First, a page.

Atlanta Protests: My Experience as a Black Woman


I’ve never decided to put myself on the frontlines of anything until now. My friend, Jaylon, asked me to join him to protest on behalf of George Floyd. Of course, I opted to say yes, because I felt it would’ve been hypocritical of me to write on Black culture and not be fully down for the cause. At the same time, this was an opportunity to show the Black community how passionate I am about our culture and what we stand for. Also, who wouldn’t want to be Black? We’re dope.


My first experience with tear gas.

We parked across from the Mercedes-Benz Dome and proceeded toward the CNN headquarters. We were met with a crowd holding signs that express their current feelings towards police brutality “Fuck 12,” Black Lives Matter, and the way Black lives are and always have been mistreated in America. I decided to stay and watch, considering that this is my first time at a protest and I wanted to take it all in—the sights, sounds, demonstrations, and chants. The crowd proceeded to move down the street once the police allowed them, then all of a sudden , there was  tear gas and pepper spray. I saw a small cloud of mist and a group of people started running towards the CNN Headquarters that was behind us. A middle-aged white male bolted past me holding an unrecognizable container, followed by a police officer running past him. I only heard that he was the reason behind the reason pepper spray was used, but I never had the chance to ask why—nor did I really want to. 

I choked under my COVID-19 mask and avoided wiping my eyes while a young man, around my age, ran past me unable to see. People surrounded him — consoling, pouring milk on his face, all while fighting back their own tears. Then, everyone started running. What did my Black ass do? I ran too. No questions asked. It was only after the initial panic that I remembered I had friends with me. I started to scramble and look for them. Once we were reunited, Jaylon got in contact with a friend that was at the peaceful protest under the Centennial Park pavilion area. We headed there to witness the speeches given by family members of police brutality victims, activists, and individuals currently holding government positions.



A moment I will never forget.

Beautiful. Comfortable. Comforting. Those three words describe the sense of community I felt as we gathered within the pavilion at the park. I missed the sign-making, free snacks, and masks, but was there for what mattered. The motivational speeches gave everyone hope for the future. White, Latinx, queer, and all of the above, we gathered as one under the sole purpose of actually making America great; a promise of progress happening before our eyes.

There was one person, in particular, that stuck out to me the most : Jamarion Robinson’s mother. Unfortunately, this was my first time hearing of her son’s passing. According to Robinson’s mother, in 2016 he was shot 76 times by the police as he was mistaken for the wrong person. The police said they were trying to serve a warrant for his arrest after he allegedly “fired a gun at police during a previous confrontation.” According to the civil rights lawsuit his family filed, Robinson presented no threat to the officers or anyone else. Who shoots someone 76 times, let alone the wrong person?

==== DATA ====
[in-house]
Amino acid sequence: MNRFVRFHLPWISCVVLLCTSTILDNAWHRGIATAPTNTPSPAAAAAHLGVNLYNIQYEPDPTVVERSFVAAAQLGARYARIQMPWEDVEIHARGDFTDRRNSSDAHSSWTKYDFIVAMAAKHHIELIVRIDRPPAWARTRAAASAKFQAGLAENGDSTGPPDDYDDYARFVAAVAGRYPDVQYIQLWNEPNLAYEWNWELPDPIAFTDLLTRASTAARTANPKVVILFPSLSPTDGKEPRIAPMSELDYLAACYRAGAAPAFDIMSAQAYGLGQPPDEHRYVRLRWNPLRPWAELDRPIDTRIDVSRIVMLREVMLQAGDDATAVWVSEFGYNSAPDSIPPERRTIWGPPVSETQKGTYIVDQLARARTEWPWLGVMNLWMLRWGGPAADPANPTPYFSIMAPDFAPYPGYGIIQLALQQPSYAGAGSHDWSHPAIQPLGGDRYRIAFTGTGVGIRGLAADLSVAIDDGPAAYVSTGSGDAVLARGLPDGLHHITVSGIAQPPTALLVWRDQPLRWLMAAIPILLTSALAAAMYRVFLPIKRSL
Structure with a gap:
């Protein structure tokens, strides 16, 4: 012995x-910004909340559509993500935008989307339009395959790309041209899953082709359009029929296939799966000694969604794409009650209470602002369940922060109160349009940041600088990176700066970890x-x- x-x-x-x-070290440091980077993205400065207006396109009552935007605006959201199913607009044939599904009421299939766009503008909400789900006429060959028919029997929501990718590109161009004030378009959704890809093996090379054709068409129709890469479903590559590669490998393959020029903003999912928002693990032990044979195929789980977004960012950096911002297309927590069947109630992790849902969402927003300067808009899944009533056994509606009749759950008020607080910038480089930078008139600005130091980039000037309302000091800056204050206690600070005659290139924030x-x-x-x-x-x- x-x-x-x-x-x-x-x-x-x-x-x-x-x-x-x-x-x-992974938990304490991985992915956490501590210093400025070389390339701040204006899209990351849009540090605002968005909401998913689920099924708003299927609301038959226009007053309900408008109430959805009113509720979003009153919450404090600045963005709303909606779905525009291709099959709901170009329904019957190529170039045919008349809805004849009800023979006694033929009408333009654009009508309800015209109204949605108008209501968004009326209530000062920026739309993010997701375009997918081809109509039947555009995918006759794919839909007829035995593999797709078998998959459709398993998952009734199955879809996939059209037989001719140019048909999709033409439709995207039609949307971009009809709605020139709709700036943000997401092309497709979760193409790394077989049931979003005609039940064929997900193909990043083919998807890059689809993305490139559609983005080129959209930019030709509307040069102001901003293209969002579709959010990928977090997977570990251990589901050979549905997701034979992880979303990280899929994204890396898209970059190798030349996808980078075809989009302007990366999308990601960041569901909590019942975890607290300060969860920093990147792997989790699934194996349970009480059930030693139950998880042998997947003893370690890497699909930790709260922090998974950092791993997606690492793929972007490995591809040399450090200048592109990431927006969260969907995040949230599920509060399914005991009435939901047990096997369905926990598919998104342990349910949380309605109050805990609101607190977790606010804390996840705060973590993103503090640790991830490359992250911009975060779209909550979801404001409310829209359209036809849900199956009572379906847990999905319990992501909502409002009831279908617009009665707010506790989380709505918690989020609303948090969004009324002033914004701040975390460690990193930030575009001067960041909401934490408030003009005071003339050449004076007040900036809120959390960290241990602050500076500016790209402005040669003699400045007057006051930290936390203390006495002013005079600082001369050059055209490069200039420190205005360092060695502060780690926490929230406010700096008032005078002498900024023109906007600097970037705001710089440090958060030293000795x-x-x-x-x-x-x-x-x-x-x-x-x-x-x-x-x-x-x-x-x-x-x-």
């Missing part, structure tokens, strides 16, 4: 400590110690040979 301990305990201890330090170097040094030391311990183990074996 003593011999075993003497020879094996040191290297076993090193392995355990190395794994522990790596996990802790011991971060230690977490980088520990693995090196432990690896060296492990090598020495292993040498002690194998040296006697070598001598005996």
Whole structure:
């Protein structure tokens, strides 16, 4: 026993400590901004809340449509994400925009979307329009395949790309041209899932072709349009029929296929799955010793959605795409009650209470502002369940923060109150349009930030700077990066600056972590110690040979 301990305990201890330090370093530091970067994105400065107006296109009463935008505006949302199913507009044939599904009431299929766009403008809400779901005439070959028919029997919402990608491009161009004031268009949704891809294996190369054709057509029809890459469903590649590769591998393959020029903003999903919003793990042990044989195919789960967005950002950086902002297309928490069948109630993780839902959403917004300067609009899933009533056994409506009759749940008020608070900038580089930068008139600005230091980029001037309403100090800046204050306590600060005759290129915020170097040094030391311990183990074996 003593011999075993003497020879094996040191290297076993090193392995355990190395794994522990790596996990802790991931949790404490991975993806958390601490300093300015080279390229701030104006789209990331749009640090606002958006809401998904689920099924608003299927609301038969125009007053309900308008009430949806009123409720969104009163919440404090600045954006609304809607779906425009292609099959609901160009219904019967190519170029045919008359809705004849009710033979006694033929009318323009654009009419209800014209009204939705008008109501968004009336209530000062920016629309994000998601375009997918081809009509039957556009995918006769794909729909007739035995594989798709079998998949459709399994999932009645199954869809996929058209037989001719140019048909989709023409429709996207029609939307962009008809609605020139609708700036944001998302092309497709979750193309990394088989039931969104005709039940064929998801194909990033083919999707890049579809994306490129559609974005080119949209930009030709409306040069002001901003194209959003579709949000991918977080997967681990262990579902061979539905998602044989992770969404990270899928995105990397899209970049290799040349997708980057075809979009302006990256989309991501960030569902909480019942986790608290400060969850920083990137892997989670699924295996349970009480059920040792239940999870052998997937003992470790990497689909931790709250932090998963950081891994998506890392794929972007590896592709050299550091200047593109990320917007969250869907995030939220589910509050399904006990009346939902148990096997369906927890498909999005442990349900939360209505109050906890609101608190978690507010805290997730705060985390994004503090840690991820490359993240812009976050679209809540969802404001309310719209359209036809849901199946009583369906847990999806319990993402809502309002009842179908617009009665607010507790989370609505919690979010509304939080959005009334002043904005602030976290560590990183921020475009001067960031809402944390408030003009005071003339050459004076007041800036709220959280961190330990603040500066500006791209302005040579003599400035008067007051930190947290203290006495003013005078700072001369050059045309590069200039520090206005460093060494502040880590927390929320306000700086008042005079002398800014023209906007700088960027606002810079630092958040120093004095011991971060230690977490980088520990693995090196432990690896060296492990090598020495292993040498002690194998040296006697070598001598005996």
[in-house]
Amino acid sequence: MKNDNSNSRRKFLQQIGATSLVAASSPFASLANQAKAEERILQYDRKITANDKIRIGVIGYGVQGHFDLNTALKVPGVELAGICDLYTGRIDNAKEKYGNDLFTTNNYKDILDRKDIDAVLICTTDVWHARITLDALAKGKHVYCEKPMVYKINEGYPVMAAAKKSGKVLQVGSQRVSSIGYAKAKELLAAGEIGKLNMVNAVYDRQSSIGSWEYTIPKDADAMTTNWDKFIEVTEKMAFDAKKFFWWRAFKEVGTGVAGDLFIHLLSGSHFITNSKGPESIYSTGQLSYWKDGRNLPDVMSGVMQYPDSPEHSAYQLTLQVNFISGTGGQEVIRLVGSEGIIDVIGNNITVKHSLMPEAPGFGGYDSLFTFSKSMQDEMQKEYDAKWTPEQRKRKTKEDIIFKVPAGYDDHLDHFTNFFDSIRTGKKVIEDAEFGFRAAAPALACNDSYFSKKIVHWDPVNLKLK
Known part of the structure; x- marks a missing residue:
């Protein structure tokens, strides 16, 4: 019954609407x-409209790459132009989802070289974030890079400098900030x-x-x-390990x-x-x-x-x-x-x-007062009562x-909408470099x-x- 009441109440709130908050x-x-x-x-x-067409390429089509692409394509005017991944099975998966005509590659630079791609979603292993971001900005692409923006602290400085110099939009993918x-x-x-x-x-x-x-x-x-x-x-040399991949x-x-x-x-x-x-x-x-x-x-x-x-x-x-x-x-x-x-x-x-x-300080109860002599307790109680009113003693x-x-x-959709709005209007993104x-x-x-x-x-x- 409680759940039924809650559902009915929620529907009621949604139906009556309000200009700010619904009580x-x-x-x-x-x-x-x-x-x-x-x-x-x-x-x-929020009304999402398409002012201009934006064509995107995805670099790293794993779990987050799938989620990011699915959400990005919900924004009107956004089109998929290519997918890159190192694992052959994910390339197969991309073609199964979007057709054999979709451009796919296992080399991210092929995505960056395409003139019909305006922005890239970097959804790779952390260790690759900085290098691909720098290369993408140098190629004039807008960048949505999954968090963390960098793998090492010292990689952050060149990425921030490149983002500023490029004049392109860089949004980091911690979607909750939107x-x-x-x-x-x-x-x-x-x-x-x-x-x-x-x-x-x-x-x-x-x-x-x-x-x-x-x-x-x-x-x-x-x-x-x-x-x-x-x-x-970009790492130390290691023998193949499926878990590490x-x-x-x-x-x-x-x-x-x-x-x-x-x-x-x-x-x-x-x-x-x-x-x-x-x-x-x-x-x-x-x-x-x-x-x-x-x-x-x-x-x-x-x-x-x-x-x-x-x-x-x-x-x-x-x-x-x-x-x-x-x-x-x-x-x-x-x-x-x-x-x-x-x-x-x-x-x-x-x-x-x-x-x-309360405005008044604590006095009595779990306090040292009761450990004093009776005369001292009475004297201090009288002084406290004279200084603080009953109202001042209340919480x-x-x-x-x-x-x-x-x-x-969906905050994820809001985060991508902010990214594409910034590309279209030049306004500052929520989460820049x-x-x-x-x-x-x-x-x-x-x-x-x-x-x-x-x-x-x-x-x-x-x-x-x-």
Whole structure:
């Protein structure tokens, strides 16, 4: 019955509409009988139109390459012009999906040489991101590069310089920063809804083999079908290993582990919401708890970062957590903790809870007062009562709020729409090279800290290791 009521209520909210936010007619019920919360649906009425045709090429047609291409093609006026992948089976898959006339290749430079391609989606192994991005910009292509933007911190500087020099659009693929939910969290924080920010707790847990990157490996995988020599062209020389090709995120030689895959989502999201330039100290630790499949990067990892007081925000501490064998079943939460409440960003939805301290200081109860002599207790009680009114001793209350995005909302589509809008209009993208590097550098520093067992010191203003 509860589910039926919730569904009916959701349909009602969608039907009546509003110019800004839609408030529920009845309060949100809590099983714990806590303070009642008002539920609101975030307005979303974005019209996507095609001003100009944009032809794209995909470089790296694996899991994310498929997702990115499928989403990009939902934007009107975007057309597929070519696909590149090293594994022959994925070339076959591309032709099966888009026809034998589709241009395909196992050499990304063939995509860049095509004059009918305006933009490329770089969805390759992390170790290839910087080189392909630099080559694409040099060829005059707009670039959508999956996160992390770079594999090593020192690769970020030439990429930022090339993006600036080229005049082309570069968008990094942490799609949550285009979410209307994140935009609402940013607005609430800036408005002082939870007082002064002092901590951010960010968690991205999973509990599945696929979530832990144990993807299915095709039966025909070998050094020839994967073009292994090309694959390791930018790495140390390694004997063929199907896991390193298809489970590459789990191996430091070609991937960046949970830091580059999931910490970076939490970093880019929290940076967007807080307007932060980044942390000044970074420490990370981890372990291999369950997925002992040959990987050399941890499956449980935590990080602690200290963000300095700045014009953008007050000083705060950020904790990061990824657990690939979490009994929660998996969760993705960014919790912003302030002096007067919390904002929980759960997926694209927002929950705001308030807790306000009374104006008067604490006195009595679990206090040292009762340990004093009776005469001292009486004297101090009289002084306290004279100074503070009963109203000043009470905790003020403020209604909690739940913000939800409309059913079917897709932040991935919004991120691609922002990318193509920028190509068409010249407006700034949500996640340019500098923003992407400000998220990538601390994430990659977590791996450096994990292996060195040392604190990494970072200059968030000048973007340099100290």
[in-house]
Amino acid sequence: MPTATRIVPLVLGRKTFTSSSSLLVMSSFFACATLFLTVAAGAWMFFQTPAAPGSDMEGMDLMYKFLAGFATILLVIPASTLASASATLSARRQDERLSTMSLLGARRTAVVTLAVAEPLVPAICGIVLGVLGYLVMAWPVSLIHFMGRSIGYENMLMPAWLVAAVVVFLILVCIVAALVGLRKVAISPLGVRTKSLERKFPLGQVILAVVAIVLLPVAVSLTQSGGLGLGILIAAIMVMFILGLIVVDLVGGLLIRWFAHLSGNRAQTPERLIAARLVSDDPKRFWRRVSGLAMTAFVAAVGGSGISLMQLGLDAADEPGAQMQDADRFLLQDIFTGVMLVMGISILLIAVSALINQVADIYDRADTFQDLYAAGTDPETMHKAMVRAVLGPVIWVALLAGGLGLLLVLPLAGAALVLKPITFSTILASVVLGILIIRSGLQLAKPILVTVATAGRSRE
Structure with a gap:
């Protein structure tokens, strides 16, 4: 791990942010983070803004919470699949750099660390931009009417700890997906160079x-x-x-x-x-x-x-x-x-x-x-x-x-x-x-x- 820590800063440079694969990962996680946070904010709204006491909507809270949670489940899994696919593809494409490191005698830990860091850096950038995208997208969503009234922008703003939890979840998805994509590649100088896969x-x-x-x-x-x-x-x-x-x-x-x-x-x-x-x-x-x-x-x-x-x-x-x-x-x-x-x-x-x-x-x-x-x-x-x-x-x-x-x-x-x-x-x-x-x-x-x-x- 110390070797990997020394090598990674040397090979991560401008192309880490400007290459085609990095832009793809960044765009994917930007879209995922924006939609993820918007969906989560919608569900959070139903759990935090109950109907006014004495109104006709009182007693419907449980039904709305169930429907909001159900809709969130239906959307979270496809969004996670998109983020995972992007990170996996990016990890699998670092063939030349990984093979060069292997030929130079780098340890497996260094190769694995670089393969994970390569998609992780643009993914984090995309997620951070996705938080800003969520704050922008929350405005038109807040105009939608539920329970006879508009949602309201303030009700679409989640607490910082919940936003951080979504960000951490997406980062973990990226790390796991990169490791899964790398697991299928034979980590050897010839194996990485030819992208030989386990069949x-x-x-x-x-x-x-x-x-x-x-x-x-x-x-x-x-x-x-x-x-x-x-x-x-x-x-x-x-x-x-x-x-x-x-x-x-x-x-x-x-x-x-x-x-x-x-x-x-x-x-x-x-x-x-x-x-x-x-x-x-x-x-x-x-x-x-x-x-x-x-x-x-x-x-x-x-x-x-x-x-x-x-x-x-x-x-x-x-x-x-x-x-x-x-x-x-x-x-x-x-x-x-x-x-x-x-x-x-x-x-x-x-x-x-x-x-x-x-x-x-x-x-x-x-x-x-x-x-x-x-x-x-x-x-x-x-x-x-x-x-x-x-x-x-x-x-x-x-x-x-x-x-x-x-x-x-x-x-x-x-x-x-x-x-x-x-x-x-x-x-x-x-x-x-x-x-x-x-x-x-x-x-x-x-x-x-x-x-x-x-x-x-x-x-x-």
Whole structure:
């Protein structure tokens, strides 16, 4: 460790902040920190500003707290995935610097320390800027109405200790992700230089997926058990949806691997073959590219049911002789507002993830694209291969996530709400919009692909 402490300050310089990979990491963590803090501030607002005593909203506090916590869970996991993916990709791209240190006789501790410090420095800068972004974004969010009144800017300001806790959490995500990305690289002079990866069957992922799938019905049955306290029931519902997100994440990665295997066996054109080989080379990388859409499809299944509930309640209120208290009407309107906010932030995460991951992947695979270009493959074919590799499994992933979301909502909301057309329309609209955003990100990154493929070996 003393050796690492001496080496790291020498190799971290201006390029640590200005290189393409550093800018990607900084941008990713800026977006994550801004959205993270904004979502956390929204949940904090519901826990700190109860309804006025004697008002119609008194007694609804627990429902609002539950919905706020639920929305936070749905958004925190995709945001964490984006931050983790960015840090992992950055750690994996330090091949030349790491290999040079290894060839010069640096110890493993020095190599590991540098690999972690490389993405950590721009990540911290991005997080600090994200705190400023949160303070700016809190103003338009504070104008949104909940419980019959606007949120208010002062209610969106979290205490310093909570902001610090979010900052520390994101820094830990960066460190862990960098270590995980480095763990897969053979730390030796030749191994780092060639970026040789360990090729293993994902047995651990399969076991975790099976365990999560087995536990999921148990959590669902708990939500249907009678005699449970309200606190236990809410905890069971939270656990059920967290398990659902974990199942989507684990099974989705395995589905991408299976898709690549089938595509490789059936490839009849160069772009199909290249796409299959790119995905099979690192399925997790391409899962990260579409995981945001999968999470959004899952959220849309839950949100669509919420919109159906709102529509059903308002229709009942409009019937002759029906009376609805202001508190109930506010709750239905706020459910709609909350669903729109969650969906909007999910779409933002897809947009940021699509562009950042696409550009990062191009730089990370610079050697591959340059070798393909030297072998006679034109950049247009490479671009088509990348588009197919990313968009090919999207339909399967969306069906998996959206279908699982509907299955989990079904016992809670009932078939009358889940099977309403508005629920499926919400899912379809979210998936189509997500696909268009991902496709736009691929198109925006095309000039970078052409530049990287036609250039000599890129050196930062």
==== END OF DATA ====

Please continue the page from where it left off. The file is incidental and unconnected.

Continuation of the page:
Hear me.

I’ve seen the media misconstrue these moments one too many times, and make Black Lives Matter out to be an “extremist group.” The people who truly stand for what Black Lives Matter was founded upon are the ones making a difference, and demonstrating what needs to be done for the Black community. Spray painting, burning buildings, looting, etc. are not a direct reflection of what Black Lives Matter is about. It’s not who we are or what we stand for. But when you consider hundreds of years of anger and oppression, it’s reasonable to accept that eventually there will be a tipping point. Seemingly extreme actions by one group are often a result of long overdue inaction by another.

This is a cry for help! We’re a tired community—tired of always having to speak up when no one is speaking out; having to defend others when no one is there to defend us; and, making sure that our lives are protected, all while watching our brothers and sisters’ lives getting taken away.

Please protect yourselves both from others with intentions who are opposite of your own and police officers whenever you demonstrate your right to protest. I’m not one to tell you how, when, or what you should do whenever you protest. But, just be safe, mindful, and helpful.

We remember the souls, both past and present, that have lost their lives due to police brutality and the unfair mistreatment of Black people under the American government. We will continue to fight for justice, on your behalf, and for future generations to come.